The government corporation, which here we will call the National Mortgage Reinsurance Corporation, or NMRC, would perform the same functions as do Fannie and Freddie today. The NMRC would purchase conforming single-family and multifamily mortgage loans from originating lenders or aggregators, and issue securities backed by these loans through a single issuing platform that the NMRC owns and operates. It would guarantee the timely payment of principal and interest on the securities and perform master servicing responsibilities on the underlying loans, including setting and enforcing servicing and loan modification policies and practices. It would ensure access to credit in historically underserved communities through compliance with existing affordable-housing goals and duty-to-serve requirements. And it would provide equal footing to all lenders, large and small, by maintaining a “cash window” for mortgage purchases.

The NMRC would differ from Fannie and Freddie, however, in several important respects. It would be required to transfer all noncatastrophic credit risk on the securities that it issues to a broad range of private entities. Its mortgage-backed securities would be backed by the full faith and credit of the U.S. government, for which it would charge an explicit guarantee fee, or g-fee, sufficient to cover any risk that the government takes. And while the NMRC would maintain a modest portfolio with which to manage distressed loans and aggregate single- and multifamily loans for securitization, it cannot use that portfolio for investment purposes. Most importantly, as a government corporation, the NMRC would be motivated neither by profit nor market share, but by a mandate to balance broad access to credit with the safety and soundness of the mortgage market. (2-3, footnotes omitted)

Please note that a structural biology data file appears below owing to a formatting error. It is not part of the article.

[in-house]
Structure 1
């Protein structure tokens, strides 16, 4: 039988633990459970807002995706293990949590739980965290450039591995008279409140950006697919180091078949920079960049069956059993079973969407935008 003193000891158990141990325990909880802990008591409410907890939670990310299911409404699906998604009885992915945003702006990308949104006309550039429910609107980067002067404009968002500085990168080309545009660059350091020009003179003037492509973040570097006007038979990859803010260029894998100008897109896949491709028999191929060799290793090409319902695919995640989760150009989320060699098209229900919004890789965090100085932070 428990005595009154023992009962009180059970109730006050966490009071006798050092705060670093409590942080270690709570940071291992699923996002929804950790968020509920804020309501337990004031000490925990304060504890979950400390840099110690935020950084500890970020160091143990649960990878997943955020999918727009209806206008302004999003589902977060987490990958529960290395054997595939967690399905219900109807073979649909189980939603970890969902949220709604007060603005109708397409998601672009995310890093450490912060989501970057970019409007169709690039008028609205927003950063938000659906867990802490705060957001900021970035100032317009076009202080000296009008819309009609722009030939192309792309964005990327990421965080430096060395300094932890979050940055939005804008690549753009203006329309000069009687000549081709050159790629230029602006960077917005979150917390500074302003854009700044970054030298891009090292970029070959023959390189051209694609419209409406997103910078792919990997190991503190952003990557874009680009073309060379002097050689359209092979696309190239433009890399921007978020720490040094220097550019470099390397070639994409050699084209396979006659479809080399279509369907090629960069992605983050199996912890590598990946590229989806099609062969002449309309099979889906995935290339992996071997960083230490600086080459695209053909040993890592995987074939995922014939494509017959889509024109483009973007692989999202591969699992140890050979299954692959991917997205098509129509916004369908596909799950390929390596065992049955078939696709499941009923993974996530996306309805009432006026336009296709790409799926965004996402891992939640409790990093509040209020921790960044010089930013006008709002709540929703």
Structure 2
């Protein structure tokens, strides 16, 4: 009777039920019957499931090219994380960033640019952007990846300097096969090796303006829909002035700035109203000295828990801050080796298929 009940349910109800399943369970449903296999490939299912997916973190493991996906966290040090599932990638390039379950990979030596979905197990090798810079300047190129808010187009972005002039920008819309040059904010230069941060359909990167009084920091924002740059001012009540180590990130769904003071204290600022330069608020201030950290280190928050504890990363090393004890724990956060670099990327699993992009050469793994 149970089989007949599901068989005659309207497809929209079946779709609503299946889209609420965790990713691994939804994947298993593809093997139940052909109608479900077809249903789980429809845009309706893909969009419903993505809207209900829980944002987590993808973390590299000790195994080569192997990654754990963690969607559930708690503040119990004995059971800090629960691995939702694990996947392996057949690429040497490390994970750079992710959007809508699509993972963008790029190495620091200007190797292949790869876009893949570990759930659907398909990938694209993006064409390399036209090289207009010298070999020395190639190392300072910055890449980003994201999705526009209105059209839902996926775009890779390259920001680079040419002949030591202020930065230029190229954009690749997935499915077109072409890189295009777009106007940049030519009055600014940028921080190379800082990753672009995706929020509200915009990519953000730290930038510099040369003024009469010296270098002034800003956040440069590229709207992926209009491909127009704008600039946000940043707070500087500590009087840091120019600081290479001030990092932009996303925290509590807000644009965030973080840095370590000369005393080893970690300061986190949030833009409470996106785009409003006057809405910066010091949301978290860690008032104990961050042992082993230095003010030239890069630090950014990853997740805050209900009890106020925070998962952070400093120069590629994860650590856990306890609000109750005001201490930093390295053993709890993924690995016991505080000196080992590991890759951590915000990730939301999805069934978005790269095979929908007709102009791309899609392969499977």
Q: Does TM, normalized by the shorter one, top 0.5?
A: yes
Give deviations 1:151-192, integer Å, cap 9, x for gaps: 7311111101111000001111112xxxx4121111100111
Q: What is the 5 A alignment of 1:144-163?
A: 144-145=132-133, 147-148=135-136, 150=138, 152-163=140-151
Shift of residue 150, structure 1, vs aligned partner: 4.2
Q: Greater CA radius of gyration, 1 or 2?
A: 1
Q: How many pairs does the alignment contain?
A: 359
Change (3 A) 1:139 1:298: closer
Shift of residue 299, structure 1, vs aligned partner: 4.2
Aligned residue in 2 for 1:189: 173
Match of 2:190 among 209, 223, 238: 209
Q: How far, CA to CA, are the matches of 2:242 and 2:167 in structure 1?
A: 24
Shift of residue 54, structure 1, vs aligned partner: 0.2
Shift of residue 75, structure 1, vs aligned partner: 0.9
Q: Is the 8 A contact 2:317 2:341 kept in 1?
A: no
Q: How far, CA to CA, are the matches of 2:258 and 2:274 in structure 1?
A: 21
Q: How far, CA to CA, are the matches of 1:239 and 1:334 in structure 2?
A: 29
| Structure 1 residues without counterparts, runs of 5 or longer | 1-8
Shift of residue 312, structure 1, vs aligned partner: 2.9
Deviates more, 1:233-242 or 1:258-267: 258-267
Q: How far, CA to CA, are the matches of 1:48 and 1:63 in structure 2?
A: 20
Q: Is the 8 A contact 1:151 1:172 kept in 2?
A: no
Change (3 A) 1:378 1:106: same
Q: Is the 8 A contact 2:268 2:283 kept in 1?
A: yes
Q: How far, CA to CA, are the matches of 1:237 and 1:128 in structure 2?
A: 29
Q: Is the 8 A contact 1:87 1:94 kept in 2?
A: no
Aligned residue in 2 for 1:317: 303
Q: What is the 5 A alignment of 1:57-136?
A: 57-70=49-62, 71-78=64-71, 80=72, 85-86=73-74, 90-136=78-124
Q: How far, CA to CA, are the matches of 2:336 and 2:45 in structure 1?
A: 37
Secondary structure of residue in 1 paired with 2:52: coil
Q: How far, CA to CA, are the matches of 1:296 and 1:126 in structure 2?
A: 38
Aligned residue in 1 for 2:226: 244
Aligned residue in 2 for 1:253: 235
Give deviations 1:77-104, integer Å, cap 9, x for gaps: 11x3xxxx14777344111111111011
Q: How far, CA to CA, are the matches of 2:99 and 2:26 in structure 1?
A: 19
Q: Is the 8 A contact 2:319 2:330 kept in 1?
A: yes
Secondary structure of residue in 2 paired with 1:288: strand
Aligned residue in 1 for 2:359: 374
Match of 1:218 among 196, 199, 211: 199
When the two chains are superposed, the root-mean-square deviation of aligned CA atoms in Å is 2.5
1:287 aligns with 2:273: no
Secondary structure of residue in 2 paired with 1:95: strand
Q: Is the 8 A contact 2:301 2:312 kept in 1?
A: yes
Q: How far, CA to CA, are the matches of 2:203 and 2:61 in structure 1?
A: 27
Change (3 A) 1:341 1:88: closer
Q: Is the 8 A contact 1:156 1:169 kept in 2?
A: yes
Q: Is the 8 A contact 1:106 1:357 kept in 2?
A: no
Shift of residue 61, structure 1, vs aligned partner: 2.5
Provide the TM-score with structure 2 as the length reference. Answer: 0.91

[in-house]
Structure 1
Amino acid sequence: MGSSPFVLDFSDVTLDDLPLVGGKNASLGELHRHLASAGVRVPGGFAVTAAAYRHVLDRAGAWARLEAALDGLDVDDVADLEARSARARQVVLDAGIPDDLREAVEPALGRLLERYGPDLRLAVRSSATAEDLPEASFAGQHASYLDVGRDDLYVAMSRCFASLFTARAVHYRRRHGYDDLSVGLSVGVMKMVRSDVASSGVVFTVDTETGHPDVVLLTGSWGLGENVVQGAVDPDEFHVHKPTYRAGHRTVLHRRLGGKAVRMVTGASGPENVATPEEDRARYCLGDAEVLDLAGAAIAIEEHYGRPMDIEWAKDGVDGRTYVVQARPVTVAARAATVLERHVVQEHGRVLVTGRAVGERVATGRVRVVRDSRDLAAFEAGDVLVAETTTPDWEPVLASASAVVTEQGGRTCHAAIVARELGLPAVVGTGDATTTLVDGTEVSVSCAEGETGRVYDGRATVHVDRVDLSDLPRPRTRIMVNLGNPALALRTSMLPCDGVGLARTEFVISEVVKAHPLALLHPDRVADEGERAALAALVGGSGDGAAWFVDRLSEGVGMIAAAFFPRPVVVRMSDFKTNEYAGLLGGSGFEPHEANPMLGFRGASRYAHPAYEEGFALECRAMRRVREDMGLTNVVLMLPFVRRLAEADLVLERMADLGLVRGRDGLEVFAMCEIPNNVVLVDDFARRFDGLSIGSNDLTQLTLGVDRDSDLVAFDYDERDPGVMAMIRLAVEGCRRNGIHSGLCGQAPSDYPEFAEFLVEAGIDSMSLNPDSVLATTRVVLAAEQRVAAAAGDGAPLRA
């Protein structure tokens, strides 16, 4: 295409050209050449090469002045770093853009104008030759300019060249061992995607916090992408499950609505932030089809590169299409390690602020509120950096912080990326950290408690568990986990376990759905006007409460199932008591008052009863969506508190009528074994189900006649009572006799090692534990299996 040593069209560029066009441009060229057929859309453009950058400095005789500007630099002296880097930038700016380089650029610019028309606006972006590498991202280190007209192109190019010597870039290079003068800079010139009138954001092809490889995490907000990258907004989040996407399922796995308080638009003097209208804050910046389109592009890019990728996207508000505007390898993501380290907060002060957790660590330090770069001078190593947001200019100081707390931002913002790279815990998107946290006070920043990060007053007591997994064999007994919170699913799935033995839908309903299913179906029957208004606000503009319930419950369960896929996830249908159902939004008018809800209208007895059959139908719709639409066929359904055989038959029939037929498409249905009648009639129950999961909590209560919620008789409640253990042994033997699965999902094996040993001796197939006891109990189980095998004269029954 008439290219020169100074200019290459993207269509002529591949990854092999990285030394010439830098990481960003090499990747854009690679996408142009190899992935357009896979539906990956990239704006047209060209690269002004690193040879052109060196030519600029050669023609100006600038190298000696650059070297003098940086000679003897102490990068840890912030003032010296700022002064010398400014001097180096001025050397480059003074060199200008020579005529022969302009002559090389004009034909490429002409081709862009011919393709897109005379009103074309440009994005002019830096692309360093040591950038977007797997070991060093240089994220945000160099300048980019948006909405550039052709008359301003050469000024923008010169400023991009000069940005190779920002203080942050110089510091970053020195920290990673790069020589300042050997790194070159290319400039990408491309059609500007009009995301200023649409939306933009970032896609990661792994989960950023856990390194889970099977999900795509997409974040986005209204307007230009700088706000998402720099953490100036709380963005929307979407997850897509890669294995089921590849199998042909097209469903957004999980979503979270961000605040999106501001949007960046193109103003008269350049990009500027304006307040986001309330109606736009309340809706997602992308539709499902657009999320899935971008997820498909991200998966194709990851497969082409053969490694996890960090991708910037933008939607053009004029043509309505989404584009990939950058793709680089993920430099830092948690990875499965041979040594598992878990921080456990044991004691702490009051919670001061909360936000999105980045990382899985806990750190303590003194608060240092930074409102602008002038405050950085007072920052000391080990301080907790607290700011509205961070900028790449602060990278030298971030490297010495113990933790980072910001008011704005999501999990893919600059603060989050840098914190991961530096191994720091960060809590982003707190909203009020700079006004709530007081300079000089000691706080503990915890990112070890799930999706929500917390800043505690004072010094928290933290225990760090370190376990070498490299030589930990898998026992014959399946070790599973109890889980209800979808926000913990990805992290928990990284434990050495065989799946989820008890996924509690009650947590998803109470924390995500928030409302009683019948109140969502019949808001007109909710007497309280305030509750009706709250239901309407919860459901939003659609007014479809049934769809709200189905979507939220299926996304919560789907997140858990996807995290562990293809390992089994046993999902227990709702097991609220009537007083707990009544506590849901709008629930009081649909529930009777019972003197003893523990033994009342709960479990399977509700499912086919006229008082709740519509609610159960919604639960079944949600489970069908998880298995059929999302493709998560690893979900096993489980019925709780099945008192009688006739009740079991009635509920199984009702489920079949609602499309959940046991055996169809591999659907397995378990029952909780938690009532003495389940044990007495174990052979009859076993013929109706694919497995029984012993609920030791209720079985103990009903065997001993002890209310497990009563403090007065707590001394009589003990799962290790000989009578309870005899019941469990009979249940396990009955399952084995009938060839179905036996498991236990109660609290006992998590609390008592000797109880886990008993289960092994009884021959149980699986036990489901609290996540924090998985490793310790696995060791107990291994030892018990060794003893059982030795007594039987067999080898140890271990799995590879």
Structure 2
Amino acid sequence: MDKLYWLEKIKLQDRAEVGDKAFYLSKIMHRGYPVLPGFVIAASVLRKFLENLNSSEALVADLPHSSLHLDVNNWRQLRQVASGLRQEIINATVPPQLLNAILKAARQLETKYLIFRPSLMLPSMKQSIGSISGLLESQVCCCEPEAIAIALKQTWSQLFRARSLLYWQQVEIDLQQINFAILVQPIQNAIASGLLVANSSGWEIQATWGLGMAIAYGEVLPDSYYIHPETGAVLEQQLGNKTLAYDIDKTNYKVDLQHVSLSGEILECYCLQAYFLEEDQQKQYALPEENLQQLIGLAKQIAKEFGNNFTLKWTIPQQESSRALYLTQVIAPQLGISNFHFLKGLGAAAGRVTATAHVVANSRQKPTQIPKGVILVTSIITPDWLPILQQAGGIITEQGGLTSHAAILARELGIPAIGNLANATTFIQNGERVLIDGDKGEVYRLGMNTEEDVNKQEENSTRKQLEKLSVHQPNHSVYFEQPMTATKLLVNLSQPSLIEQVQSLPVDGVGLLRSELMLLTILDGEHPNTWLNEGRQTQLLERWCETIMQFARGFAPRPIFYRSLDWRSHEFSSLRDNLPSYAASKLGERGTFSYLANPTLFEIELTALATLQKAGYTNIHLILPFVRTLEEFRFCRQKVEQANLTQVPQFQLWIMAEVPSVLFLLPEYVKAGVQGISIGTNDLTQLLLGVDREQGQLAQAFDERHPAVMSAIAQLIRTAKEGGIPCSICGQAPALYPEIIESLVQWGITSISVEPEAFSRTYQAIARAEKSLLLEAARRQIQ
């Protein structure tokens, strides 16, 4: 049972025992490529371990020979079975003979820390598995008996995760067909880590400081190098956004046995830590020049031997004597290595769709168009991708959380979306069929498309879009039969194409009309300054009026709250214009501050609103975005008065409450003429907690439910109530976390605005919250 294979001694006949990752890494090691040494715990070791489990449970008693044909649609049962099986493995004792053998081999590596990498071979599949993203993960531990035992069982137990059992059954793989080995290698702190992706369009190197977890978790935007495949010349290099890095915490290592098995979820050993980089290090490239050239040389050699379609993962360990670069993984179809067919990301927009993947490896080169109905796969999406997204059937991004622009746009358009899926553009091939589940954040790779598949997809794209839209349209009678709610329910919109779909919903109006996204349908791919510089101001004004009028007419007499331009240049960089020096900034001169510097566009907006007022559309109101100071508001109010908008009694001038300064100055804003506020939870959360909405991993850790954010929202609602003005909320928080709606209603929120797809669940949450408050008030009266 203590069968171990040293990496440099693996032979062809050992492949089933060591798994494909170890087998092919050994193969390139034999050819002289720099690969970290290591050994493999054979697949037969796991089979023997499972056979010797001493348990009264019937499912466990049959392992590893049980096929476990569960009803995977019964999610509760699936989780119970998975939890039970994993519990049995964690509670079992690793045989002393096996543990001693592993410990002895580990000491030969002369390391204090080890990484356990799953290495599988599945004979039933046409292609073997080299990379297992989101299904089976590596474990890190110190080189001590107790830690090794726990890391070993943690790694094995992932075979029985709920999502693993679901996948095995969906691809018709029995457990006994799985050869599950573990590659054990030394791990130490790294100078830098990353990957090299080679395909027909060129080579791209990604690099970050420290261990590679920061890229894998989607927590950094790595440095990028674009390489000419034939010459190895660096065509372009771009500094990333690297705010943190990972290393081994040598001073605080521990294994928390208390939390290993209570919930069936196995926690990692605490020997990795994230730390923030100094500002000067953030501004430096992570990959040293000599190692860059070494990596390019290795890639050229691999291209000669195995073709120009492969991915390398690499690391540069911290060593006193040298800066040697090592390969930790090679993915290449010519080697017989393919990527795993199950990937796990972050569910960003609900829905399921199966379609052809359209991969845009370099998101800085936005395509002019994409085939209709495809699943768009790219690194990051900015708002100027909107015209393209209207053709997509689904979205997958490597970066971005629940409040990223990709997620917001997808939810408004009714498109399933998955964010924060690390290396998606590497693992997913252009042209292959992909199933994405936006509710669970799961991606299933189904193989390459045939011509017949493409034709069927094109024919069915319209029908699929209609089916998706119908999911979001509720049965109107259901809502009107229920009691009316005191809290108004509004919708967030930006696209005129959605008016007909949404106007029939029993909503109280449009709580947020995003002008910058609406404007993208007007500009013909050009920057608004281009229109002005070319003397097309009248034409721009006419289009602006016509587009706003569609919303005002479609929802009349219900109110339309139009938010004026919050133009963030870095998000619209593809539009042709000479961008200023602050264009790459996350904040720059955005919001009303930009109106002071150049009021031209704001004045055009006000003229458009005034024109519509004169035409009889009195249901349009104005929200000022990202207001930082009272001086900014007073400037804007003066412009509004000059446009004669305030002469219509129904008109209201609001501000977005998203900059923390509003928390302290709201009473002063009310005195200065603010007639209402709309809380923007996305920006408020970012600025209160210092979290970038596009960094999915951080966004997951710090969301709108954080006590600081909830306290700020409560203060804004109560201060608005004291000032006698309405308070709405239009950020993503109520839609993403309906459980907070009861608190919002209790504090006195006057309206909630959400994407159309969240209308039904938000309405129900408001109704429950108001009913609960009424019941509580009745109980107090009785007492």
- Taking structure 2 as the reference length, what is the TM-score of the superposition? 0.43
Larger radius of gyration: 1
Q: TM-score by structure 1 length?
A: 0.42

The authors of the white paper are

  • Jim Parrott, former Obama Administration housing policy guru
  • Lewis Ranieri, a Wall Street godfather of the securitized mortgage market
  • Gene Sperling,  Obama Administration National Economic Advisor
  • Mark Zandi, Moody’s Analytics chief economist
  • Barry Zigas, Director of Housing Policy at Consumer Federation of America

While I think the proposal has a lot going for it, I think that the lack of former Republican government officials as co-authors is telling. Members of Congress, such as Chair of the House Financial Services Committee Jeb Hensaerling  (R-TX), have taken extreme positions that leave little room for the level of government involvement contemplated in this white paper. So, I would say that the proposal has a low likelihood of success in the current political environment.